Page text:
Stockholm has confirmed to HKFP that jailed bookseller Gui Minhai is a Swedish citizen, after claims that he had sought to reinstate his Chinese citizenship.

Gui was found guilty of “illegally providing intelligence” to overseas parties by the Ningbo Intermediate People’s Court in Zhejiang Province on Monday and was sentenced to 10 years in jail.

gui minhai and daughter angela
Gui Minhai and daughter Angela Gui. File photo: Supplied.

Gui was among five Hong Kong-based booksellers affiliated with Causeway Bay Books, which sold political gossip titles. He disappeared in Thailand in late 2015, only to reappear in mainland China “confessing” on state TV to various crimes. He served two years in prison.

The court on Monday said Gui – who was born in China – had applied to restore his Chinese citizenship in 2018. As China does not recognise dual citizenship, it meant that Gui would have to renounce his Swedish nationality.

However, Sweden’s Ministry for Foreign Affairs told HKFP on Tuesday that Gui is still a citizen. They said they noted the claims over his nationality, but “Swedish citizenship can only be renounced after an examination and a decision by the Swedish Migration Agency.”

The ministry added they are seeking official information about the case and are demanding that Gui be released.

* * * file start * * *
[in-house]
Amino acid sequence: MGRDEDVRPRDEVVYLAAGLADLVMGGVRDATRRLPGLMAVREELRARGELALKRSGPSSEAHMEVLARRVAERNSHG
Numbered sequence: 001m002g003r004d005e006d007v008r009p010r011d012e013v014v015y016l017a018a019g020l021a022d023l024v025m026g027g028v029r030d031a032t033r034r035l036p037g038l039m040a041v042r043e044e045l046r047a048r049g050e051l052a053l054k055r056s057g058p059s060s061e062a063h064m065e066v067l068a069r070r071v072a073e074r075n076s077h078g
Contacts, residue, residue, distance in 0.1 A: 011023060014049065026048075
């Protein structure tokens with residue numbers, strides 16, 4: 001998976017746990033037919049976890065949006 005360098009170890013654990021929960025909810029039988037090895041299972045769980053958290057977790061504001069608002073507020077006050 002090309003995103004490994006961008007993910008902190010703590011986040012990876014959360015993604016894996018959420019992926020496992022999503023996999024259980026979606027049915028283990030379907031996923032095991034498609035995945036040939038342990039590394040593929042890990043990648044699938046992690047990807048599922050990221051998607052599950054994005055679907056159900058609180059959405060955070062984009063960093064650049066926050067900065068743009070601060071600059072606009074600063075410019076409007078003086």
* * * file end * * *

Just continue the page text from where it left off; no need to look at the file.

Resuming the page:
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“Our Embassy is now putting its full focus on the matter, in part seeking more information and in part to obtain consular access… We will continue to focus our efforts on obtaining his release,” a press officer said, adding that they are trying to send a Swedish doctor to Gui.

Meanwhile, Peter Dahlin – a fellow Swedish national who also appeared in a televised “confession” in China – told HKFP that the sentencing showed that Beijing did not care about “appearances” any more.

Peter Dahlin
Peter Dahlin. Photo: Michael Caster.

“The charge is ludicrous, the only ‘state secrets’ that Gui may have is knowledge about how Chinese agents kidnapped him in Thailand, and about the torture he has endured after being returned to China. It has long been feared that China could not let Gui leave, as it could not let information about his treatment, and kidnapping, come out, and this is just one in a long list of steps they have taken. As for his supposed renouncing of his Swedish citizenship, it has no legal bearing of course, as Gui has only Swedish citizenship, and not Chinese,” he said.

Additional reporting: Tom Grundy.

Kelly Ho has an interest in local politics, education and sports. She formerly worked at South China Morning Post Young Post, where she specialised in reporting on issues related to Hong Kong youth. She has a bachelor's degree in Journalism from the University of Hong Kong, with a second major in Politics and Public Administration.